Is Inventory the Biggest Threat to Realtors?

Home price gains continuously outpace income growth

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Pending home sales modestly decreased in May, marking the fifth consecutive month of annual declines, according to the latest report from the National Association of Realtors.

The Pending Home Sales Index, a forward-looking indicator based on contract signings, declined by 0.5 % in May to 105.9, up from 106.4 in April. With May’s decrease, the index is down 2.2%, marking the fifth consecutive month of annual declines.

“Pending home sales underperformed once again in May, declining for the second-straight month and coming in at the second-lowest level over the past year,” NAR Chief Economist Lawrence Yun said.

Yun also said that although a majority of the nation’s Realtors describe their markets as competitive and fast-moving, low inventory is stalling the market.

Although the lackluster spring is largely attributed to low supply, closing data suggests that home price gains continue to outpace income growth. Furthermore, inventory declined on an annual basis for the 36th consecutive month, and listings typically went under contract in just over three weeks, according to Yun.

“With the cost of buying a home getting more expensive, it’s clear the summer months will be a true test for the housing market. One encouraging sign has been the increase in new home construction to a 10-year high,” Yun added. “Several would-be buyers this spring were kept out of the market because of supply and affordability constraints. The healthy economy and job market should keep many of them actively looking to buy, and any rise in inventory would certainly help them find a home.”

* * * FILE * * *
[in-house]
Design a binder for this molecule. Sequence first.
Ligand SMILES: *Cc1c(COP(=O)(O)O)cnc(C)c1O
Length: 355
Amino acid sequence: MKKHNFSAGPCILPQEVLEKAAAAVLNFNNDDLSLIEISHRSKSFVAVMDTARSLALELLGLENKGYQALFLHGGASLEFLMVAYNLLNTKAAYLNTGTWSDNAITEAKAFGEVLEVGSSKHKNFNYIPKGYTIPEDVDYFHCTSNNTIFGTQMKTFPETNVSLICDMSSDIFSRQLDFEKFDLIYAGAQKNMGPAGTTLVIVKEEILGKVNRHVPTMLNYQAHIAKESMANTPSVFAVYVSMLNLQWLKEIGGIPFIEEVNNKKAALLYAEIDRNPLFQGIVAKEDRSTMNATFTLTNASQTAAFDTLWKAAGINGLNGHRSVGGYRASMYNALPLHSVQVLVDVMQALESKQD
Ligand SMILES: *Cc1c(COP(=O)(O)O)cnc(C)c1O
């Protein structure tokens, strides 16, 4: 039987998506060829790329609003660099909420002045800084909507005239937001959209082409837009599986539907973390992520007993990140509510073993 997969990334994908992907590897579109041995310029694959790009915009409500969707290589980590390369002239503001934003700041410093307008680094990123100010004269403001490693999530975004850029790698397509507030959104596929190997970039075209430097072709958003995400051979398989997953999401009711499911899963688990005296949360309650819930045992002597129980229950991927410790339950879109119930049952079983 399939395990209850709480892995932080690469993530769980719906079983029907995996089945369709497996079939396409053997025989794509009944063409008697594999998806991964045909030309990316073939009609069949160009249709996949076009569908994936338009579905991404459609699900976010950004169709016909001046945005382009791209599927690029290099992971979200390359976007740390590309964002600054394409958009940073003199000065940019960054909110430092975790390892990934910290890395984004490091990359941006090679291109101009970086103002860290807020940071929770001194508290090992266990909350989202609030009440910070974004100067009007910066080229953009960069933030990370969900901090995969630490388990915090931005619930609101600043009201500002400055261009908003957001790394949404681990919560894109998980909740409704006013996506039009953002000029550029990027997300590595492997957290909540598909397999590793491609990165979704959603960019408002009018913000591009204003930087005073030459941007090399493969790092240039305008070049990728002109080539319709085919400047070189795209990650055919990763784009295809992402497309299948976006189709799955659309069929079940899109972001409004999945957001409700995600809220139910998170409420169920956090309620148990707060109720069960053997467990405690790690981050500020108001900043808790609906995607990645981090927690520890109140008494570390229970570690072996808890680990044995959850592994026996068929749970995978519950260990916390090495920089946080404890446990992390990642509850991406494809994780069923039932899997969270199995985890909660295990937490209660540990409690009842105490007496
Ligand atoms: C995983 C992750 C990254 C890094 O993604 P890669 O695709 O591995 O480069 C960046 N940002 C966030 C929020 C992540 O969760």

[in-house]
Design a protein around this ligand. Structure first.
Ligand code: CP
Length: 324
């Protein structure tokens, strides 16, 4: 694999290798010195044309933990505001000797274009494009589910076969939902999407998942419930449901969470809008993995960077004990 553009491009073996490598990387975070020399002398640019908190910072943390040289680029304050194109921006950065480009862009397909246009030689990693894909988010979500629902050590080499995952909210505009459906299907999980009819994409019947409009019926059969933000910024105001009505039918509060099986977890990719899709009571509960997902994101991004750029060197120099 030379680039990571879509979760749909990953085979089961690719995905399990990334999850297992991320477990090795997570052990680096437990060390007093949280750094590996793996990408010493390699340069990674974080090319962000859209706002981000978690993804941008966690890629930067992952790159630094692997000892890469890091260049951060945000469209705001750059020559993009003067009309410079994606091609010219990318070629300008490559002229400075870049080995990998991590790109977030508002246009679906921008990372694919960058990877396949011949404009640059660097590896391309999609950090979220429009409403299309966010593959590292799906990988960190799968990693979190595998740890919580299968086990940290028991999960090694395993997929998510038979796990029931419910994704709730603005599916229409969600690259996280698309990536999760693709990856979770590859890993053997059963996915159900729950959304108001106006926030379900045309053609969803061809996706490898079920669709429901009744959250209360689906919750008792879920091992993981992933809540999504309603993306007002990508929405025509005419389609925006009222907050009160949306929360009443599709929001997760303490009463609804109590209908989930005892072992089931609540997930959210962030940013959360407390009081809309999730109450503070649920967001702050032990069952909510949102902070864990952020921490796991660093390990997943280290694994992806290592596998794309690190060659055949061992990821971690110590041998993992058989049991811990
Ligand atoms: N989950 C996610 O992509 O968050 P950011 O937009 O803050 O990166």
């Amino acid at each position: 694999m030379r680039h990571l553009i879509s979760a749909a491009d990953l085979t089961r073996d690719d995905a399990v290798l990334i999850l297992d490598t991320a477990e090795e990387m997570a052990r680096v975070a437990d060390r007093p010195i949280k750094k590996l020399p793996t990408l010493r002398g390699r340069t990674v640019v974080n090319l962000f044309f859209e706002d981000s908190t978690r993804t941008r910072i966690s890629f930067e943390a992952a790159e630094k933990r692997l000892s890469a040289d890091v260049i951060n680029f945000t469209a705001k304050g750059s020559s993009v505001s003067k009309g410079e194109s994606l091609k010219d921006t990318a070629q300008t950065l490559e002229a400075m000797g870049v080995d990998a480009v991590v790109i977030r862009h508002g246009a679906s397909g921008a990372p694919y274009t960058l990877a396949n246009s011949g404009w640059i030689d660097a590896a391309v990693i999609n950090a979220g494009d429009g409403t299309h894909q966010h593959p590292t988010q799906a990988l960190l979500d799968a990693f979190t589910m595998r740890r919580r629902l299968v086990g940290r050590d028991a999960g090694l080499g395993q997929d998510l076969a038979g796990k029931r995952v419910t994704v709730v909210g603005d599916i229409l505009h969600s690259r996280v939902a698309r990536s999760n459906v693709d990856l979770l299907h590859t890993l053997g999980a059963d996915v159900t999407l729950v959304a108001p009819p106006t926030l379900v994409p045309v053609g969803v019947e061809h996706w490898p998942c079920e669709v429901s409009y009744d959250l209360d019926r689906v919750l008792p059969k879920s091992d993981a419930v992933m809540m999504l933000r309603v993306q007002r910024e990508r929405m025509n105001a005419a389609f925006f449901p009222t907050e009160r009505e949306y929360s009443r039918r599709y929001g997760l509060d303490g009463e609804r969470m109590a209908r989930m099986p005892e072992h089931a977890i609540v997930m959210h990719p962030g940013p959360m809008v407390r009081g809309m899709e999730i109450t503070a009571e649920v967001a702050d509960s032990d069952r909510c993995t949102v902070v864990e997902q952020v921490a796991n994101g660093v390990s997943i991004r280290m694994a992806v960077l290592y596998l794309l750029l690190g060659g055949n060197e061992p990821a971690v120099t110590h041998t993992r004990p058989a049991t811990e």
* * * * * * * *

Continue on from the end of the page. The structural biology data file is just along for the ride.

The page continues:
Yun forecasts existing home sales will decrease 5.49 million in 2018, a decrease from 5.51 million in 2017. The national median existing home price, he predicts, will increase about 5% in 2018. For comparison, existing home sales increased 1.1% in 2017 while prices rose 5.7%.

The PHSI in the Northeast increased 2% to 92.4 in May, but is 4.8% lower than 2017. The Midwest index increased by 2.9% at 101.4, but is still 2.5% lower than this time last year.

Lastly, pending home sales in the South declined 3.5% to a 122.9, remaining unchanged from 2017. The index in the West modestly increased 0.6% to 94.7 and is 4.1% below 2017.

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